- House Republicans push bill to decommission the icebreaker Polar Star in 3 years
- Bill would force president to come up with plan for replacing icebreaker fleet
- Administration's response: It opposes the Coast Guard authorization bill
- Polar Star and Polar Sea both have outlived their 30-year design life
With the nation's only two heavy-duty polar icebreakers broken and out of service, the Obama administration and congressional Republicans are clashing on how best to put the U.S. Coast Guard back into the ice-busting business.
House Republicans, who say they want to force the administration's hand, are pushing a Coast Guard authorization bill that would decommission the icebreaker Polar Star, which is now being repaired, in just three years, saying that keeping the 35-year-old ship afloat is "throwing good money after bad."
The bill requires the administration to come up with a comprehensive plan to replace the aging icebreaker fleet.
On Thursday, the administration responded by announcing it is opposing the bill, citing the icebreaker issue.
Decommissioning the Polar Star would "create a significant gap in the nation's icebreaking capacity," the administration said. The ship is needed until long-term plans can be developed, it said.
The icebreaker issue is one that has been decades in the making, and has gained urgency with the thawing of ice in the Arctic Circle.
Diminishing ice, widely believed to be caused by global warming, may actually increase the need for icebreakers, according to a recent report by the Congressional Research Service. The opening of waterways could lead to expanded commercial, cruise and military ship operations, and increase exploration for oil and other resources, the report says.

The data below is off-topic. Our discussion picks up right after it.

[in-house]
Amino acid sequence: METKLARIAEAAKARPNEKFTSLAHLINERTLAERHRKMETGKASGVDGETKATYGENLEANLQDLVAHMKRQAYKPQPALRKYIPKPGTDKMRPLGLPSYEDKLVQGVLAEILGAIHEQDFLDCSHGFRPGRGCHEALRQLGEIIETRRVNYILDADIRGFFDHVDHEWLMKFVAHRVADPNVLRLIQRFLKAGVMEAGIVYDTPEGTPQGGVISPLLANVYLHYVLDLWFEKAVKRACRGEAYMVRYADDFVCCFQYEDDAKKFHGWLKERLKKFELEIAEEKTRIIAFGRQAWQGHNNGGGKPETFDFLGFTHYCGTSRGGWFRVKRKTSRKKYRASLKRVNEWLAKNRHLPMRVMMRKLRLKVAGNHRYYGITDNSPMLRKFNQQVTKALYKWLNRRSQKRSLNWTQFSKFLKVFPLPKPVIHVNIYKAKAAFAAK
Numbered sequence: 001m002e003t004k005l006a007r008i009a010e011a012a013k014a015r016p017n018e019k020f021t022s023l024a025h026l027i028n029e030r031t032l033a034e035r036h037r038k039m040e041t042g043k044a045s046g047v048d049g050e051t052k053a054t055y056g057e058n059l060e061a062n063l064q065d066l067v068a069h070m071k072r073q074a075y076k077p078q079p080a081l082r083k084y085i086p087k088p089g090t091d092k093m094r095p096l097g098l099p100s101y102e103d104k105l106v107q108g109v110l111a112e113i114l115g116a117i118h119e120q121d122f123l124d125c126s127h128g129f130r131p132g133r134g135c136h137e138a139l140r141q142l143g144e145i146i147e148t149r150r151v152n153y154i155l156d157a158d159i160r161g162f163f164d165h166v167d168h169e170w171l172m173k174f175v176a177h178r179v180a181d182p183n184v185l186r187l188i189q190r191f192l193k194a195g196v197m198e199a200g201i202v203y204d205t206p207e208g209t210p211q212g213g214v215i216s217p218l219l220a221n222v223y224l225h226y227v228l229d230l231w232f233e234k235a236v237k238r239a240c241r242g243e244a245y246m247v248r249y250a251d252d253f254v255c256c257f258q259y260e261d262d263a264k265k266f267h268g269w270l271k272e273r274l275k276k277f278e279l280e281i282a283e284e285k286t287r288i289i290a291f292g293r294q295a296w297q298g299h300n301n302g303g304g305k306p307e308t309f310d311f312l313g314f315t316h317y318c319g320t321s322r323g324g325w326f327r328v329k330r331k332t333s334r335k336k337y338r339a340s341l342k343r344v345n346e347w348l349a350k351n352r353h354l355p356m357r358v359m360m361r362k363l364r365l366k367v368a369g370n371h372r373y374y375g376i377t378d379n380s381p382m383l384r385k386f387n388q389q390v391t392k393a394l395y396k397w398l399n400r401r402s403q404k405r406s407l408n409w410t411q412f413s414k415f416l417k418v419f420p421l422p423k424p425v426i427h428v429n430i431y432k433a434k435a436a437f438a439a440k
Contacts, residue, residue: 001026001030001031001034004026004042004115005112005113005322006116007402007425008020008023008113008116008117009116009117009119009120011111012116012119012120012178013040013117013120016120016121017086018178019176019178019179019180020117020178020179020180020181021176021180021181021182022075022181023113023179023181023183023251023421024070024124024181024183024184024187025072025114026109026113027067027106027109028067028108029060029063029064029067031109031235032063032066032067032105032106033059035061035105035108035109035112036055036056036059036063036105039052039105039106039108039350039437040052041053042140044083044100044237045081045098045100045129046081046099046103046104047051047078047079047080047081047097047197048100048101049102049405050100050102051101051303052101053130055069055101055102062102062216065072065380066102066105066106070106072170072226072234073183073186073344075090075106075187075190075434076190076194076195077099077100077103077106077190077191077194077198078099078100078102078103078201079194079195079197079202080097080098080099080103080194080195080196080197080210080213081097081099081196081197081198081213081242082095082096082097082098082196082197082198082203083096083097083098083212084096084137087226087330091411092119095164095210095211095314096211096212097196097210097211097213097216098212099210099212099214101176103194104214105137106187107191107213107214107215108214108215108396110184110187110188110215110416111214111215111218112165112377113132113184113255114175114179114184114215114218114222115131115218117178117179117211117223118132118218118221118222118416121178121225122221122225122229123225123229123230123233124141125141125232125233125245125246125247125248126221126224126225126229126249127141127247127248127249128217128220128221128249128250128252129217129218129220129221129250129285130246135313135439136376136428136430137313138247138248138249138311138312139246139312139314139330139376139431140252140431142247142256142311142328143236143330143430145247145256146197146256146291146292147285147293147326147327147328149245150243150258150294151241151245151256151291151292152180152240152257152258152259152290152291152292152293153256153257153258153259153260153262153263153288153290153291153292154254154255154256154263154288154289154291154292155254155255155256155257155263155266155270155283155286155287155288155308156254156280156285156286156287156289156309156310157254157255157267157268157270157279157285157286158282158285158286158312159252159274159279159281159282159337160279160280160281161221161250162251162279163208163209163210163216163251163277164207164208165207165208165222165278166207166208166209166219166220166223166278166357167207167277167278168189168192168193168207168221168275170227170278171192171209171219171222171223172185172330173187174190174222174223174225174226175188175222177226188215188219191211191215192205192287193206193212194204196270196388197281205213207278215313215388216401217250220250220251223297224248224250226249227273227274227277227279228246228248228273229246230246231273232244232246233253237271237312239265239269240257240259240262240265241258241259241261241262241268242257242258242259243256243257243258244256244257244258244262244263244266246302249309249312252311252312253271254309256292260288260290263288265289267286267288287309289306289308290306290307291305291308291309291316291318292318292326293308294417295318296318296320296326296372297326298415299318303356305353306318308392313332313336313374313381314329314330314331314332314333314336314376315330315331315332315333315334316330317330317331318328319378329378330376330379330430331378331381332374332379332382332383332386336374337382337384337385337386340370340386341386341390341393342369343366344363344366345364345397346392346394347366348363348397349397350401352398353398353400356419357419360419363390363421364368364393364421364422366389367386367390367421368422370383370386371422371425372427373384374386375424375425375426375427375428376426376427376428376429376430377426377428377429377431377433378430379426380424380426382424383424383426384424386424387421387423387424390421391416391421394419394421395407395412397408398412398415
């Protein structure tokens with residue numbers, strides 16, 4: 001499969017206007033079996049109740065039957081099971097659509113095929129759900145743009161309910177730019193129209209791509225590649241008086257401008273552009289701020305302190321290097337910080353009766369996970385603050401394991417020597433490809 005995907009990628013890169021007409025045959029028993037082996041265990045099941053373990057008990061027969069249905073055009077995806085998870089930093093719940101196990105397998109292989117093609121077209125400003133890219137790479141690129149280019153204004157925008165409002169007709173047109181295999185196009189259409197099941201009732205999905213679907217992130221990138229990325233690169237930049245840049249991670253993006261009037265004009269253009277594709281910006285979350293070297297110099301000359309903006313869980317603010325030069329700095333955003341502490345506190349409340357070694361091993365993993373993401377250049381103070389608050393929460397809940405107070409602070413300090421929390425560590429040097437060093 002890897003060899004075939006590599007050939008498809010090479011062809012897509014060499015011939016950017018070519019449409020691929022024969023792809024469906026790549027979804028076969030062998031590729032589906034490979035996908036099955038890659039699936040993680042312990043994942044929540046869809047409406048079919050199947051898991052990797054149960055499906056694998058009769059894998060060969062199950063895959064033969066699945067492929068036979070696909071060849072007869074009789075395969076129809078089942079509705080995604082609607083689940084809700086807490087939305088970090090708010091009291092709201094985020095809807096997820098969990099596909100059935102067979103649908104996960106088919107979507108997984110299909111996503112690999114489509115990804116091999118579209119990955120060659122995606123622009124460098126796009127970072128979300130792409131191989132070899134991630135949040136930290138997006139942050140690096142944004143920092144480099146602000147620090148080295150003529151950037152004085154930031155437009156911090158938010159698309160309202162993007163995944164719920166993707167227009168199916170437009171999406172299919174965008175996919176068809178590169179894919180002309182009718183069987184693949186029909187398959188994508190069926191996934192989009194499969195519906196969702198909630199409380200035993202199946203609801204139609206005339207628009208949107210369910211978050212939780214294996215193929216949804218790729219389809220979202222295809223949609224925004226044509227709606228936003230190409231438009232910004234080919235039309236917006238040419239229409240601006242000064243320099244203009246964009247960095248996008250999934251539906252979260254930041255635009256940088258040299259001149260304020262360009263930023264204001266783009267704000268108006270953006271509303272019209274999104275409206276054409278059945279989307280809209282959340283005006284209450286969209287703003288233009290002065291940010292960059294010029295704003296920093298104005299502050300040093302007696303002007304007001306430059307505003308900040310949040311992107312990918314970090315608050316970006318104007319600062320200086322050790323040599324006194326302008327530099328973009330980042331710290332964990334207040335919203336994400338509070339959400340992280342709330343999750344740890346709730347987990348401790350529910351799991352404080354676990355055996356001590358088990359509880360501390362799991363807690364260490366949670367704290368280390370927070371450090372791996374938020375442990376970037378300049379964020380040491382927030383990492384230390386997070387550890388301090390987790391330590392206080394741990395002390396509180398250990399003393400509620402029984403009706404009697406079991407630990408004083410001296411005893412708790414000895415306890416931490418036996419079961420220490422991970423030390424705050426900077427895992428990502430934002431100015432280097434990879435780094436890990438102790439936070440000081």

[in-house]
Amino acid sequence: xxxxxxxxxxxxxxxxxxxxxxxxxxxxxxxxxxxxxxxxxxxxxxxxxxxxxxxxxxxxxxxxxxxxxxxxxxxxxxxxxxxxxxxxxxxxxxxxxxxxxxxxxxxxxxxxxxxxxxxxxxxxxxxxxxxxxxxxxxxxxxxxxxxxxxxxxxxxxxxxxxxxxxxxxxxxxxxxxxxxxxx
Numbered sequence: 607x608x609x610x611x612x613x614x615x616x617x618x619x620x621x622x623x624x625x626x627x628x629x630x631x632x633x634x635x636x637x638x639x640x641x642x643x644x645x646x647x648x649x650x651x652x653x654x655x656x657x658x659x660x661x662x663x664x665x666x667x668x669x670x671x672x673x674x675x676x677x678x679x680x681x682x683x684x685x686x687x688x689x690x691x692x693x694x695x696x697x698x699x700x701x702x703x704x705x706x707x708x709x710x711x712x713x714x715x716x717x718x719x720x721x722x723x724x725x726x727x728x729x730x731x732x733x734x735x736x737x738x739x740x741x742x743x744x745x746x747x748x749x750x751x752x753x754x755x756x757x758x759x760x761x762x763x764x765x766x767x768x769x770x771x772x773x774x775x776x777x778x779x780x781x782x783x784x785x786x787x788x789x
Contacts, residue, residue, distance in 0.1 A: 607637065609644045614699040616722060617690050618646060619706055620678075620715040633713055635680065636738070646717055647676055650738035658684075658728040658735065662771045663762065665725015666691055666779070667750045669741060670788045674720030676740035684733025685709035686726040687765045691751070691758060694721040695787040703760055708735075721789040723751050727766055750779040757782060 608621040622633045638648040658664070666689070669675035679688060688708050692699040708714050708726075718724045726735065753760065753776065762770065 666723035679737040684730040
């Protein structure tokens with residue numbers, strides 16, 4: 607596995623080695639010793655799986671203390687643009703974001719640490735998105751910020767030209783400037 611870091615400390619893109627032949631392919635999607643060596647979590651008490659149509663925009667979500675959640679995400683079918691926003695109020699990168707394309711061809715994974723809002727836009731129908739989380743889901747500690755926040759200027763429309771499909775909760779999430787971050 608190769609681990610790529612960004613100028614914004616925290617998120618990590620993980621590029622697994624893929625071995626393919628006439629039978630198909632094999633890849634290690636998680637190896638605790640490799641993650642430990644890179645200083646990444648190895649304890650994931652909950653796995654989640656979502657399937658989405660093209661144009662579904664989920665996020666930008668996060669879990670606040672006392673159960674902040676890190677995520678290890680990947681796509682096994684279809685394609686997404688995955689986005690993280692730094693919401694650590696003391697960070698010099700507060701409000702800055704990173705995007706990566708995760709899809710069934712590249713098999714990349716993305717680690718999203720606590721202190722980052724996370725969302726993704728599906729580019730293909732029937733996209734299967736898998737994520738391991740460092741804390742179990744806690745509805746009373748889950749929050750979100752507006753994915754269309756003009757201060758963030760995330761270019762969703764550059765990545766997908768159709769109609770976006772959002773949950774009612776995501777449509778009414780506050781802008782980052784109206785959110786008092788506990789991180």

The Coast Guard uses icebreakers to defend U.S. sovereignty and interests, monitor sea traffic, launch search and rescue missions, conduct fisheries and law enforcement operations, and support scientific research, including resupplying McMurdo Station in Antarctica, a mission that is now contracted to Russian and Swedish icebreakers.
Currently, the U.S. Coast Guard has only three Polar icebreakers -- the Polar Star and its sister ship the Polar Sea, and the newer but less robust medium polar icebreaker Healy. In addition, the National Science Foundation leases a smaller ship, Nathaniel B. Palmer, for research in the Antarctic.
Both the Polar Star and Polar Sea have already exceeded their 30-year design life, and both have been removed from service because of breakdowns. The Polar Star was laid up in 2006, and the Polar Sea suffered unexpected engine problems in June 2010, and it has been out of service ever since.
Since mid-2010, the United States has had no heavy-duty icebreaker. Russia, which has a much larger Arctic border, has a fleet of about 20 icebreakers, including seven nuclear-powered ones.
The Coast Guard says it needs at least three heavy and three medium polar icebreakers to fulfill its statutory missions, but would require even more ships if the Coast Guard is to comply with a Naval Operations Concept issued in 2010 requiring a presence in both the Arctic and Antarctic.
The Coast Guard also has a fleet of icebreakers in the Great Lakes that keep shipping lanes open there.
The Congressional Research Service said one potential concern for Congress is the absence of a plan for replacing the Polar Star upon completion of its seven- to 10-year life after it returns to service in late 2012.
That is why Rep. Frank LoBiondo, R-New Jersey, included the provision to decommission the Polar Star, said spokesman Jason Galanes. "We absolutely support the Arctic icebreaker mission," Galanes said. "We're forcing this decision rather then allowing the administration to kick the can down the road."
In a statement, the Office of Management and Budget said the administration "strongly opposes" the provision, and that the repairs to the Polar Star "will stabilize the United States' existing polar fleet until long-term icebreaking capability requirements are finalized."
Regardless of the outcome of the dispute, a gap in icebreaking capabilities is almost certain, according to the CRS report. Following any decision to design and build new icebreakers, the first replacement polar icebreaker might enter service in eight to 10 years, the report says.